The patent filing provides more in-depth information about the technology behind this process. One aspect of that which I find really interesting is that the patent includes a reference to the Machine ID numbers that are found on the pages and URLs of Freebase entities. These machine ID numbers are a way of Google tracking and indexing entities across the Web, like the one mentioned in the following quote from the patent that mentions Alcatraz (look for the MID number – mid: /m/0h594 – on that page.)
In some implementations, a plurality of entities can be provided in one or more databases. For example, a plurality of entities can be provided in a table that can provide data associated with each entity. Example data can include a name of the entity, a location of the entity, one or more types assigned to the entity, one or more ratings associated with the entity, a set of entity query patterns associated with the entity, and any other appropriate information that can be provided for the entity. In some examples, an entity can be associated with a unique identifier within the one or more databases. For example, the entity Alcatraz Island can be assigned the identifier /m/0h594.
The patent application also describes how query patterns could be identified from queries found in a query log, and used to help rewrite searcher’s queries. We are pointed to example query patterns such as [ratings], [restaurant ratings], and [theater ratings]. So, for example you could find a place named “Awesome pizza” and ask Google, “any ratings for this pizza place?” It might then rewrite that query to be [ratings awesome pizza].
Example query patterns for a hotel could include things such as [how many suites *], [how many conference rooms *], and [reservation *].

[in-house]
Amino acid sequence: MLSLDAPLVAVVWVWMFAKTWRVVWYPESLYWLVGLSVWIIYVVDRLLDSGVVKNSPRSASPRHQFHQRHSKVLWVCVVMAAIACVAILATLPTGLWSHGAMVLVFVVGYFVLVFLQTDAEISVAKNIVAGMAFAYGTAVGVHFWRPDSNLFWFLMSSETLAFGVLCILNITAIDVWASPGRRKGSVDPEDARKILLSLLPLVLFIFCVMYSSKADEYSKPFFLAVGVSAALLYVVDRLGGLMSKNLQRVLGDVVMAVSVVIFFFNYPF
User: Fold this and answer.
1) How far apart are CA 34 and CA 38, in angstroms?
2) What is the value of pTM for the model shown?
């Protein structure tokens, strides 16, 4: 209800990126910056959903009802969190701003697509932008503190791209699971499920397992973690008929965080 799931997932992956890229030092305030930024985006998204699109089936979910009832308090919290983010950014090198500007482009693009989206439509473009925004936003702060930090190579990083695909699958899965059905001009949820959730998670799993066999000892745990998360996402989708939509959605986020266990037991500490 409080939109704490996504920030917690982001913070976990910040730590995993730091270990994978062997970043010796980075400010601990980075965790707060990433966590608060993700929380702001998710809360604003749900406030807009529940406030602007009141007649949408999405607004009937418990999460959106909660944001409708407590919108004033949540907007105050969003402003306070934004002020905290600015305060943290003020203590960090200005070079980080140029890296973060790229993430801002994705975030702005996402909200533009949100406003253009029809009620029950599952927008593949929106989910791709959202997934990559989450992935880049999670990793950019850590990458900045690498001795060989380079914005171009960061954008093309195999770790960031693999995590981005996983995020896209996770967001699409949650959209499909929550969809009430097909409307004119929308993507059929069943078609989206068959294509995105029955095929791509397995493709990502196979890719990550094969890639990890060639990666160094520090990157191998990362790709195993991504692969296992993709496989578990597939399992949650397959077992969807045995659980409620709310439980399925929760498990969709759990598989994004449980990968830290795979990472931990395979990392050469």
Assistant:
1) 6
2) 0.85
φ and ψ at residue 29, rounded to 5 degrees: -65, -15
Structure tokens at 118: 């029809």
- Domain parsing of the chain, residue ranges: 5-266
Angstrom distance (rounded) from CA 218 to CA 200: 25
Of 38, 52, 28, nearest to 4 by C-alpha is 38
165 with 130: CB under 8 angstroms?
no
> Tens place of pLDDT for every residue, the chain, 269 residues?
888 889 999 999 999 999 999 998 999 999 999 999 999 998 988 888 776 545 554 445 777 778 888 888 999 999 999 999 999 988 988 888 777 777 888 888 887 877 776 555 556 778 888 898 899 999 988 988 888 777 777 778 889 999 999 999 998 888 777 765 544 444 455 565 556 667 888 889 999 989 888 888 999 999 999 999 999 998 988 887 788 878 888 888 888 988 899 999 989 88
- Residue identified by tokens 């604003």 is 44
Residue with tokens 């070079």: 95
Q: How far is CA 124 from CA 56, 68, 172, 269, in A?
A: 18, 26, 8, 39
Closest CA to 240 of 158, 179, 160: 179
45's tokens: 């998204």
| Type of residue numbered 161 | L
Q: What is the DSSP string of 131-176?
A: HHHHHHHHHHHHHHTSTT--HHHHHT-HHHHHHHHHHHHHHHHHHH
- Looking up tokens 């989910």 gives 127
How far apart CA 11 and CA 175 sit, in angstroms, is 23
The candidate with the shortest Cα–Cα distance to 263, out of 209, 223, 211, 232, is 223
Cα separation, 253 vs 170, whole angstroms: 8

I’m excited by this patent, and hope we see a search enabled like this at Google that allows us to search based upon the entities that are located near us.
Added 2016/03/02 – I had to try this out, to see if it was something that Google turned on yet. A few blocks towards the beach from me is a status of a surfer, known locally as “The Cardiff Kook,” though that’s not the real name of the monument. I typed into Chrome [what is this monument], and I didn’t get the real name, or even this local colloquialism. I looked the statute up using Google’s Knowledge Graph Search API, and that gave me its real name. I was hoping that this might work, but I needed to test and see. I’ll try it again to see if Google starts answering queries like this. I like to believe that it will start at some point.
Added 6/1/2016 The Google Blog today announced a feature much like what is described in this patent, in a post titled,
Now on Tap update: Text Select and Image Search , where they tell us:
And for certain images or objects, you can also search via your camera app in real time. If you’re standing in front of the Bay Bridge, you can hold up your phone, open your camera app, touch and hold the home button, and get a helpful card with deep links to relevant apps. This works for more than just famous structures like the Bay Bridge, you can even point your camera at a movie poster or magazine and get additional info about what you’re looking at.
I think I need to go visit the Cardiff Kook again, and take a photo of it, and then hold down on the home button, and see if Google serves me a card for it.